Thursday, February 11, 2016

The Other One Percent of One Percent

BBC News was probably right to call the results reported this morning of the direct detection of gravity waves "without doubt one of the most remarkable breakthroughs of our time." However, before we pop too many champagne corks, we may wish to consider the broader social context of the story. In many respects this is about another "one percent of one percent" that receives almost no attention, since that epithet is generally applied to the super-rich. However, today's results required considerable expense involving not only the hardware required to run the experiment but also the human resources without whom the experiment could not have been run. There is an old story about a janitor in the NASA Building in Houston. Asked what he did, he replied "I'm helping to put a man on the moon." Beyond that joke, however, we have to realize that this was the work of one of the most elite crews of experts in the world, working with a budget that may well have made a strong impression on the likes of Donald Trump. Thus, before we celebrate, let us take some time to think of all of those not-so-elite researchers in both the social and "hard" sciences, who can no longer do their research because they no longer have adequate funding (or, perhaps, a regular salary providing a living wage).

It's Not Just Infrastructure!

Elizabeth Drew's latest article for The New York Review of Books, "A Country Breaking Down," is a must-read piece, even for those who are already aware of the deterioration of infrastructure across the United States. As a writer whose primary domain is politics, Drew pulls no punches when it comes to presenting that deterioration as a consequence of a governmental system that, for all intents and purposes, is broken with little hope of repair in sight. (Even the supposedly neutral Judiciary branch has gone down the tubes as a result of the Supreme Court's preemptive strike against climate-control efforts.)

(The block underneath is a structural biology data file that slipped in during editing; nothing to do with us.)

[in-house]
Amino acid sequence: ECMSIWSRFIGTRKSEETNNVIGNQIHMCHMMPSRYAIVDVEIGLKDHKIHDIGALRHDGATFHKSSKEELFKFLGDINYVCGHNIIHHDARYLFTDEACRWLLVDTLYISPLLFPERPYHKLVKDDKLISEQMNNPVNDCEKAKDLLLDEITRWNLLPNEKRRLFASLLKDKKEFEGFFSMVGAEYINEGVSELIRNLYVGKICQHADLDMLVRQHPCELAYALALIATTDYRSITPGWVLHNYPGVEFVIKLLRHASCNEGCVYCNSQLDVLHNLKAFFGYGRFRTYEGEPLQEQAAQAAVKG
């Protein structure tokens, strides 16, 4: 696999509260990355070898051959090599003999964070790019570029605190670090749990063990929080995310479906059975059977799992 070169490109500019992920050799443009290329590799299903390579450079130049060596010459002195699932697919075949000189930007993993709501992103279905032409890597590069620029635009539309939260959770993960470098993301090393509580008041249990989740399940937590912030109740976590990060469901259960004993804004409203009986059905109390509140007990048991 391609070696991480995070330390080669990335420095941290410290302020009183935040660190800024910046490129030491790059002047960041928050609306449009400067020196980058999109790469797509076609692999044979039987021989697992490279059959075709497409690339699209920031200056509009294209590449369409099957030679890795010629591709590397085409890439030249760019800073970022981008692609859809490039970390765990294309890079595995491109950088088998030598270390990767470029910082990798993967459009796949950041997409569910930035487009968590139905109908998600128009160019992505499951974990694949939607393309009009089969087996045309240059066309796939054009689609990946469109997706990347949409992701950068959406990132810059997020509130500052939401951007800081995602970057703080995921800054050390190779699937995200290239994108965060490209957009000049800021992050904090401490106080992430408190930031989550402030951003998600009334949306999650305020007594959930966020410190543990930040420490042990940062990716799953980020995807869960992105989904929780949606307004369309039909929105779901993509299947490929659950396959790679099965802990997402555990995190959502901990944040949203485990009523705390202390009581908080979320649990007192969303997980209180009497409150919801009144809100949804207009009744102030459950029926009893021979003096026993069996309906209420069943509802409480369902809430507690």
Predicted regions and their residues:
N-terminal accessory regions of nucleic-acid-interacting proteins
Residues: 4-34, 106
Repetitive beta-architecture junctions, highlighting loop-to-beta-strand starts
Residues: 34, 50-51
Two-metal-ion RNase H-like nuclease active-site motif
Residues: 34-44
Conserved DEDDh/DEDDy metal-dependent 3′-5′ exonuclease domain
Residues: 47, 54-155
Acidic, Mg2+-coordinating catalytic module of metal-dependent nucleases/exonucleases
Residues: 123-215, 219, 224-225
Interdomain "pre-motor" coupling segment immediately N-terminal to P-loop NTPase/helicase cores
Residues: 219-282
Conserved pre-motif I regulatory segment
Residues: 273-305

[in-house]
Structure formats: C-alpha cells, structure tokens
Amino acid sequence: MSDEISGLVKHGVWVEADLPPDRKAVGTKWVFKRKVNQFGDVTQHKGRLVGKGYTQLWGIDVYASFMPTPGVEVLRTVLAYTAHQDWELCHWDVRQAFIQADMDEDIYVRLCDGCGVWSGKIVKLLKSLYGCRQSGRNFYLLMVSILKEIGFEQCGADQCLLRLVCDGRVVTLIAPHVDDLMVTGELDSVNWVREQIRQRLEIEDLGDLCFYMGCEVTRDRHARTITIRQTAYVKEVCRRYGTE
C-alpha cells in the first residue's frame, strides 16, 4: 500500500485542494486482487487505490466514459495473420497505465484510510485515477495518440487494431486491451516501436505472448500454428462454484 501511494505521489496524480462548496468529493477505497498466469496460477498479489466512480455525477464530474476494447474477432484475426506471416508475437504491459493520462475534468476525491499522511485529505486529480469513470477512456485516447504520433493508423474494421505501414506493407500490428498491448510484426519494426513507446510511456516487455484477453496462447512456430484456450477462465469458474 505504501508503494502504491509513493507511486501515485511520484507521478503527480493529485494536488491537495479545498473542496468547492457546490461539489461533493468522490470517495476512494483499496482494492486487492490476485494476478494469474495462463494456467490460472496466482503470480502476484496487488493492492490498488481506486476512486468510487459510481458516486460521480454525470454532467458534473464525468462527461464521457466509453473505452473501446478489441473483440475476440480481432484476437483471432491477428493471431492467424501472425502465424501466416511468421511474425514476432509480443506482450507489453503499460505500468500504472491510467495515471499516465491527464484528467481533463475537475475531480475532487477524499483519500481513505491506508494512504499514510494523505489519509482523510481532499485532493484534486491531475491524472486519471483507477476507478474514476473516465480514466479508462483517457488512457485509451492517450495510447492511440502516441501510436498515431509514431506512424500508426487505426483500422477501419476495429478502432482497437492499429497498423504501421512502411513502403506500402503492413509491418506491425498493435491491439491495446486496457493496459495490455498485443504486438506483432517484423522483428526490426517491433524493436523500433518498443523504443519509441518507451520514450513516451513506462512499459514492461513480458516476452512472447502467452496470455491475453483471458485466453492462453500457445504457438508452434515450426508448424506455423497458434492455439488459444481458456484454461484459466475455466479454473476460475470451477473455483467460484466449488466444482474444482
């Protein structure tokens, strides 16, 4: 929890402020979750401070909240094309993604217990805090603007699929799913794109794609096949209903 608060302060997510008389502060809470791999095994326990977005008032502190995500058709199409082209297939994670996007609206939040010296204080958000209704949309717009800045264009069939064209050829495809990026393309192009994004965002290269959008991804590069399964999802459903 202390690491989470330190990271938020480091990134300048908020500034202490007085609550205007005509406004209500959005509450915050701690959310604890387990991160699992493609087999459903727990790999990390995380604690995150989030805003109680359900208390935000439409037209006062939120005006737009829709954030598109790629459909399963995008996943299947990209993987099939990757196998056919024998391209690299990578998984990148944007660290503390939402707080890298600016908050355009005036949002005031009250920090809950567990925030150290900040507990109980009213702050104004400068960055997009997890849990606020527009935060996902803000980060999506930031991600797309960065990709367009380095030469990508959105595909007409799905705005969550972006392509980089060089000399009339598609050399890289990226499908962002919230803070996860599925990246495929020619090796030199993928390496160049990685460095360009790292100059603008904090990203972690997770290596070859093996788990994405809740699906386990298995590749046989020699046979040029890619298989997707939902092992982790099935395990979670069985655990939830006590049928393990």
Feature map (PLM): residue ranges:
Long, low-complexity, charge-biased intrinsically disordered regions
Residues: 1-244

Nevertheless, the infrastructure problem is not just one of physical deterioration. It also involves the extent to which our government has decimated the public education system. The point is that the repair of infrastructure can only come about from the skills of workers who know how to repair them. While technology has improved the quality of the tools that can be used, it carries the corollary that skills must now be mental, as well as physical. Furthermore, it means that those involved with repairing the infrastructure need to be skilled managers of information regardless of the physical equipment they will be expected to operate.

This is where Nicholas Carr's chicken about Google making us stupid comes home to roost in full force. As I have previously observed, Google has made us, at the very least, downright lazy when it comes to reading and comprehending, simply because (and this is one of Carr's points), Google "predigests" content to make its search capability more efficient for users. The result is that many workers, desk workers as well as physical workers, understand the world only through how it is seen through some form of computer-based display. I was painfully aware of this yesterday when I discovered that the USPS Call Center could not tell me where a package that had been late in delivery was, simply because the Call Center agent's computer did not have access to that information. (It did not even have access to the location of postal facilities in San Francisco.) Until we can restore a work force that is capable of the most rudimentary forms of thinking through problems, neither project budgets nor an influx of powerful tools of all sizes will get us very far in restoring our country's infrastructure.